A rare look behind the walls of Palace Pompadour

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A rare look behind the walls of Palace Pompadour exterior
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A rare look behind the walls of Palace Pompadour exterior
Portraits of Madame de Pompadour populate the estate, carved into stone statues and painted in oil. Click any photo to go to Forbes.com for more pictures and details.

Portraits of Madame de Pompadour populate the estate, carved into stone statues and painted in oil.

France's Loire Valley is, of course, famous for its regal chateaux. One can meander through the more than 500 rooms of the Chateau de Blois, see Leonardo da Vinci's tomb in the Chateau d'Amboise or simply behold the river-spanning architecture of Catherine de Medici's Chenonceau.

But there is one estate that sits quietly behind gates seldom opened to anyone. A reclusive philanthropist's personal trophy, it is the valley's only fully privately held royal chateau--a stone structure with nearly 200,000 square feet of living space on 118 acres of sculpted gardens on the banks of the Loire River. It is known as Chateau de Menars.

Menars is owned by a 76-year-old press-shy introvert named Edmond Baysari. For Baysari the chateau is the ultimate labor of love, costing him three decades and more than $100 million to restore. More important, it's a tribute to his lifelong muse: Madame de Pompadour, a renowned grande dame of the arts and the chateau's former inhabitant (as well as the chief mistress of King Louis XV, Marie Antoinette's father-in-law). Baysari refers to his chateau as "Palace Pompadour."

The estate at Menars was among her last works, acquired in 1760. Pompadour enlisted court architect Ange-Jacques Gabriel--who designed Paris's Place de la Concorde--to build her dream home, refurbishing the original chateau, which had been built in 1642. Pompadour never saw Menars to completion; she died in 1764, at age 42, from tuberculosis. Her brother completed an addition; then the chateau sat quietly, weathering the French Revolution and thwarting the attentions of property developers and would-be tourists, for the next two centuries.

Forbes was able to take a rare look around inside the chateau. Yahoo! Homes is publishing an abbreviated version of the story and photos here; to see even more, visit Forbes.com:



In 1980, when Baysari heard from the chairman of Sotheby's that the chateau was for sale, he pounced.

He mulled over what to do with Menars before inspiration struck in 1989. "I decided I wanted to make a gift to Madame de Pompadour and put it back to the way she would have it if alive today," he says. But "restoration" doesn't fully encompass his painstaking efforts. It wasn't enough to refinish the intricate wood paneling adorning the walls of rooms or to touch up the gold leafing gleaming from ceilings; Baysari set out to revive Menars by employing the very same methods utilized by Pompadour.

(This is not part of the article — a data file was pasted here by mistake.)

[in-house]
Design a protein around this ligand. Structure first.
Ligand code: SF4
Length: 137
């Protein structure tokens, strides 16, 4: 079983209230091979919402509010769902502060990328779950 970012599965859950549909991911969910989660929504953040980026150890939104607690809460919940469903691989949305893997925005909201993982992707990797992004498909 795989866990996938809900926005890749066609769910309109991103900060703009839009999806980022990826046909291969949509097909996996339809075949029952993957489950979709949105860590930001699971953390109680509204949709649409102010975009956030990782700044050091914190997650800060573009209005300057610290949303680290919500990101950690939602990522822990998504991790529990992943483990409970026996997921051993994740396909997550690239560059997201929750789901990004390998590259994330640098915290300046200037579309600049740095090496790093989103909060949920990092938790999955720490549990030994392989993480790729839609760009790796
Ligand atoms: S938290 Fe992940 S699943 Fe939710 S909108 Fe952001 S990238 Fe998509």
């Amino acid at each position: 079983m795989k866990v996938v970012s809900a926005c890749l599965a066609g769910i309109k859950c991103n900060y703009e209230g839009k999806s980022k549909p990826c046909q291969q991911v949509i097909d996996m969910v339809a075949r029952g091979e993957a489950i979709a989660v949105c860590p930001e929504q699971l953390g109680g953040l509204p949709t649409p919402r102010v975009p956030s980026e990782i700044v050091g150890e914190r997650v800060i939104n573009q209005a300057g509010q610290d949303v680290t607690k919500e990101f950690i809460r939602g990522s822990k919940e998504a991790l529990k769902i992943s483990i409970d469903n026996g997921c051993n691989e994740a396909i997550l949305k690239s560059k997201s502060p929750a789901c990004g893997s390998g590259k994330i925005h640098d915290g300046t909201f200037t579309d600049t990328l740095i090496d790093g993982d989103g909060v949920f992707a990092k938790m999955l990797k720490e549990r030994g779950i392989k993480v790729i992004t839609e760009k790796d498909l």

Baysari returned the wings' large galleries to their original purposes of displaying artwork. He furnished the estate in original 18th century French antiques and employed artisans to authentically restore rooms and their finishes in the style utilized during Pompadour's time. Rather than adorn the walls with historical works from the time period, however, he has commissioned up-and-coming artists to paint and sculpt new works, just as Pompadour originally did:


More than two decades later, Palace Pompadour is finally finished (or as close as it will ever be). Among Baysari's favorite spaces is an ornately carved library paneled in two kinds of wood, situated on the second floor:


The endless layout includes more than 50 bedrooms, a series of intimate drawing rooms and a regally appointed dining room with an underground passage to a separate kitchen building, one of the estate's two kitchens (Pompadour is said to have loathed the smell of cooking):


The estate has a lush array of gardens. The great terrace, stretching from the chateau to the river, is a geometric presentation of square grassy lawns hugged by squat hedgerows and studded with 18th-century statues of Roman emperors:


The royal terrace ends at a ramp guarded by two stone sphinxes, each bearing Pompadour's face, that leads down to the banks of the Loire River.

Baysari uses the palace as a summer retreat, occupying it sporadically in the months of July and August. He once experimented with opening Chateau de Menars to the public for tours, until the estate was burglarized. Still, if a group wishes to arrange a tour, he often obliges them.

Now Baysari is looking to the future. He has no heir. He says he has already turned down several nine-figure offers from Russian and Middle Eastern billionaires looking for a trophy home. But that's not what he has in mind. Ideally, Palace Pompadour will be gifted to an arts institution, like the Getty Museum or the Hermitage, that "brings all of the assurances that it will be safe for a long, long time." And it will require some deep pockets: Annual upkeep on the chateau is roughly $1 million.

A new owner will also find three rooms that Baysari has purposely left unrestored: the ground-floor apartments that served as Madame de Pompadour's bedrooms. "I don't want to do it. I don't think I'm qualified," he says, laughing shyly. "I would rather that when she comes back, she does it herself."

To see the full story and even more pictures of Palace Pompadour, visit Forbes.com:


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